The Nation's Pulse

On the Rails

Chugging along, on Amtrak's train of trains -- the Auto Train.

By 1.21.10

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I'm writing this somewhere in a swamp in Georgia, chugging northward on the Auto Train, the world's longest passenger train.

At full capacity, the train carries 650 passengers and 330 vehicles, its 18 passenger cars and 33 vehicle carriers stretching for three-fourths of a mile.

Amtrak runs two Auto Trains, each scheduled to depart at 4 p.m., one from Sanford, Florida, the other from outside D.C. in Lorton, Virginia. With everything on schedule, the trains pass each other at 11:30 p.m. at the half-way point in Florence, South Carolina.

Ticket prices depend on demand, like concert tickets. With the train packed with snow birds on our way down to Florida after Christmas, we paid $782 for a bedroom with a restroom/shower combination and a couch and chair that converted into bunks. The larger one's on the bottom. Forget feminism and equality -- I get the top bunk every time. I feel like a tuna in a can.

Coming back on a less crowded train, leaving most of the snowbirds in Florida, the price for the same room was $406.

The car, additionally, is $152 each way, plus there's a $70.65 rail fare each way.

Altogether, that's $1,633.30 -- not bad if you're staying for the winter and saving the cost of a car rental for 15 weeks or so. If a car rental is $200 a week, the train ends up as more than free, plus there's a complimentary wine tasting party in the lounge car during the first hour (this time with salmon appetizers -- usually it's only carrot sticks and those little cheese crackers), a free dinner at five or seven o'clock, a movie at seven and nine o'clock, and a complimentary continental breakfast  (orange juice, coffee, a banana and those little boxes of Special-K and Rice Krispies).

It's nice, but maybe not as good as Amtrak sells it, i.e. "The journey is every bit as much fun as your destination!" That might be true if you're jobless and going down to pick oranges or do some guppy scooping before the next frost hits.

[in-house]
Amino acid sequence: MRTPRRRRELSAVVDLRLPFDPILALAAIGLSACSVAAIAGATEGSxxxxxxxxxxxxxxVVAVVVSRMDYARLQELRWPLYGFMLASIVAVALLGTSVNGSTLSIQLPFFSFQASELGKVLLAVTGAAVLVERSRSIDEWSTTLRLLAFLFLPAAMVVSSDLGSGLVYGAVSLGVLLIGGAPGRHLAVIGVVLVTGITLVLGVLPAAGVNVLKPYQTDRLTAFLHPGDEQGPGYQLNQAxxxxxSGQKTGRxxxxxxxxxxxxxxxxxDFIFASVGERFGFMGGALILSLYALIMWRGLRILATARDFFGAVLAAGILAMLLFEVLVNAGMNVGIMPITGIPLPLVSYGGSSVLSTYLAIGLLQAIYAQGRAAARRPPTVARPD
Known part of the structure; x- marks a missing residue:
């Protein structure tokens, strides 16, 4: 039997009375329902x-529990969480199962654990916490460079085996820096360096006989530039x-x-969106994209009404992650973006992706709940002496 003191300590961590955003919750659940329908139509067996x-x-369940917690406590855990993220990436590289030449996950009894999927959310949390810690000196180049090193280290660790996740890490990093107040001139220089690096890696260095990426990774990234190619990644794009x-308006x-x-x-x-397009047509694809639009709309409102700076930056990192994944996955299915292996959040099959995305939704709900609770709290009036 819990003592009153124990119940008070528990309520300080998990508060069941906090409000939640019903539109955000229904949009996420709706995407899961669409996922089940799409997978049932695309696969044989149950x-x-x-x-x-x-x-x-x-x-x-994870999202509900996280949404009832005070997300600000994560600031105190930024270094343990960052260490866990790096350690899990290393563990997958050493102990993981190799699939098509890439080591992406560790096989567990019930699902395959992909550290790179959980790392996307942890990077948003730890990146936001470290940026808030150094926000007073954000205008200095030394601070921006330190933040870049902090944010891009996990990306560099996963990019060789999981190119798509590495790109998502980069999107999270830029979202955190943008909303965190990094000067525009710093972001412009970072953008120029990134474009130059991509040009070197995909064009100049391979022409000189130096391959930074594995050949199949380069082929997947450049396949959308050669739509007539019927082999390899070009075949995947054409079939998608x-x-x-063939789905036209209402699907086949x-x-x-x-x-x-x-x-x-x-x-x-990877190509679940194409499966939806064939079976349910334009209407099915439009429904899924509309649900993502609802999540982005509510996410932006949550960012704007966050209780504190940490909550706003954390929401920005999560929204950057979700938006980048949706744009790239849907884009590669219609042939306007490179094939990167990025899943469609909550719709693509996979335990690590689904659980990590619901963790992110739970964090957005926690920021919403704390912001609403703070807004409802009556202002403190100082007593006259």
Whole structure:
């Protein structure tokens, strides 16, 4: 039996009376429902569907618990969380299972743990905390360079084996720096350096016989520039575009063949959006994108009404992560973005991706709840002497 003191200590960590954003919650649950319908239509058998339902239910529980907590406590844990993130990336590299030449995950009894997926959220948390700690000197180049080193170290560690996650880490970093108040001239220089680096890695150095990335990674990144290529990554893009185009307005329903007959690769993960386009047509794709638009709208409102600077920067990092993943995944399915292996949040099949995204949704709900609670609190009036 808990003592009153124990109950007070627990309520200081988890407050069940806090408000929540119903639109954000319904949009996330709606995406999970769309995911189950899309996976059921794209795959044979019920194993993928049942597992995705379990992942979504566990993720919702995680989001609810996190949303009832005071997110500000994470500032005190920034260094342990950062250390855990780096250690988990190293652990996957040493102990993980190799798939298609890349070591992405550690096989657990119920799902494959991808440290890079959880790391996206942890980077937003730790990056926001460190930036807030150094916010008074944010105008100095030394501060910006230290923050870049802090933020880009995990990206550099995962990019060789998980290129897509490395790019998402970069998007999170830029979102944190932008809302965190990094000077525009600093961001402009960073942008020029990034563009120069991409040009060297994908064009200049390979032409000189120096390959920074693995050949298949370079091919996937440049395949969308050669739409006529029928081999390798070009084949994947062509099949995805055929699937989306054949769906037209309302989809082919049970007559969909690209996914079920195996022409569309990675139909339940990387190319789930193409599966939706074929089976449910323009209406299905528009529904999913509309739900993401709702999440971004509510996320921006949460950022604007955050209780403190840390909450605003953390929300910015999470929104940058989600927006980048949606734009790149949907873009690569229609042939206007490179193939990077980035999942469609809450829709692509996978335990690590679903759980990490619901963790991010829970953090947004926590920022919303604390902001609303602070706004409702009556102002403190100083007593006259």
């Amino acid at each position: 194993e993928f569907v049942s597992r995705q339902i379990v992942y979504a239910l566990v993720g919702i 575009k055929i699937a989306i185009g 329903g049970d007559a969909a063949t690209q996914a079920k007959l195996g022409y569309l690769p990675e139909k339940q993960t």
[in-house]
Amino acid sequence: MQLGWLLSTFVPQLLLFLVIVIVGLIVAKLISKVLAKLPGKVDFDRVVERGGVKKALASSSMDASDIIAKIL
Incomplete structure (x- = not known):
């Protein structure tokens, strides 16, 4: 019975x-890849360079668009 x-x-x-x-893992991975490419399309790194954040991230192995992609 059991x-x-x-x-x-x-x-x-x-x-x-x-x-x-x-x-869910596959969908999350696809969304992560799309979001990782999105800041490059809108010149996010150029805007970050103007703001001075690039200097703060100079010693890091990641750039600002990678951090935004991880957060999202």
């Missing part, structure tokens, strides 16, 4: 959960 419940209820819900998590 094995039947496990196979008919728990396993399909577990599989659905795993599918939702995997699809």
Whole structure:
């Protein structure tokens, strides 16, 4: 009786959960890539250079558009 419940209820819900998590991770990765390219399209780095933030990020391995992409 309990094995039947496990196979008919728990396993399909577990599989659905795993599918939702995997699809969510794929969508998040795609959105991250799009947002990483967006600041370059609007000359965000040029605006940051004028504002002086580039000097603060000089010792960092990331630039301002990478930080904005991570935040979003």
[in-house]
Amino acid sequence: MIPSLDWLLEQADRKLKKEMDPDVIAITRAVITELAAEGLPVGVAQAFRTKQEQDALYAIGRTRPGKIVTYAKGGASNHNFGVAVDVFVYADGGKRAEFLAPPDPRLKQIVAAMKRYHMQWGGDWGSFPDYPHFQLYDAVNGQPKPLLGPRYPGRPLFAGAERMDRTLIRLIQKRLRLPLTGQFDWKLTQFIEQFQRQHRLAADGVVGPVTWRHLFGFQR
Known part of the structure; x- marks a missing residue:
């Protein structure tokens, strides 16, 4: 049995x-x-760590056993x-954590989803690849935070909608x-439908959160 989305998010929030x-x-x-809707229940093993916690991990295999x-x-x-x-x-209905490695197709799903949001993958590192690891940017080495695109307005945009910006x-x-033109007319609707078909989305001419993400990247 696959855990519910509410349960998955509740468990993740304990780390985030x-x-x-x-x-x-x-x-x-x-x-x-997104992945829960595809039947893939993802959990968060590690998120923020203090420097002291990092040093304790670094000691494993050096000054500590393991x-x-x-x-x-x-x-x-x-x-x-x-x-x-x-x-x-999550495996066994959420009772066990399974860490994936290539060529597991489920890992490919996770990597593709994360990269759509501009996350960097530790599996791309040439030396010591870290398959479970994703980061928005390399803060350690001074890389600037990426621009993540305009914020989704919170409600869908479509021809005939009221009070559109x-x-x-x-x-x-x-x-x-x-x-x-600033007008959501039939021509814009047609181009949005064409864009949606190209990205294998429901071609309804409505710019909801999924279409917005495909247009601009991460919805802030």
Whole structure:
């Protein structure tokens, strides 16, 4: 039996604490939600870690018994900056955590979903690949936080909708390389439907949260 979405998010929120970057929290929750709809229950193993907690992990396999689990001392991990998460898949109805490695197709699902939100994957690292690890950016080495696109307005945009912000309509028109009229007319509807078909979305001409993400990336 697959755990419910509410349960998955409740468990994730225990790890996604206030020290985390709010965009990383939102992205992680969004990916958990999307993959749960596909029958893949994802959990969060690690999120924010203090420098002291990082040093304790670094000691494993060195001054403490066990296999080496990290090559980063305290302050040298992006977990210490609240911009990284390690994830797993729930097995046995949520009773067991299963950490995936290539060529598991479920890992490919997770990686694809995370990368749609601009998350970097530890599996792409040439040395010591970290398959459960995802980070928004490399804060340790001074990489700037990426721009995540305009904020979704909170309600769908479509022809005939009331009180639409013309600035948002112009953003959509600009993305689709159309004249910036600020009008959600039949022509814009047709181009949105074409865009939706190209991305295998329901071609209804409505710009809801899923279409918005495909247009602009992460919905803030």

They also promote the "panoramic views of America's southeast through picture windows." Except it was dark after the first two hours of the 17-hour ride, so what you see are red blinking lights at railroad crossings in five states.

But it's efficient. Where else can you simultaneously read, drink, smoke, eat, talk, write, e-mail, and meet dozens of new characters, all while going 70 miles per hour?  Plus you aren't blasted out into the air at 35,000 feet if one of the co-passengers ends up as a successful crotch bomber.

For trivia fans, Amtrak provides some details on the towns we pass through. Heading north, the first town is Deland, Florida, home of Stetson University, named after the hat guy. Next is Pierson, "the nation's fern capital" (all you see are miles of black tarps; the ferns are underneath). Then it's Palatka, "a haven during the 1850s for invalids escaping northern winters." The last town before leaving South Carolina is Dillon, the place where financial non-guru Ben Bernanke went to high school and worked as a waiter at South of the Border, a road stop near the North Carolina border.

The last town is Lorton, home of the Lorton Reformatory, a correctional facility that produced fire hydrants and fire call boxes for D.C. "In 1917, it held 170 women arrested and detained in the suffrage movement for marching in Washington."

The facility closed in 2001, so there's little chance that Obama will be sending over any tea-baggers to make fire hydrants, unless he decides it's a good spot for some "shovel-ready" stimulation. 

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About the Author
Ralph R. Reiland is the B. Kenneth Simon professor of free enterprise and an associate professor of economics at Robert Morris University in Pittsburgh.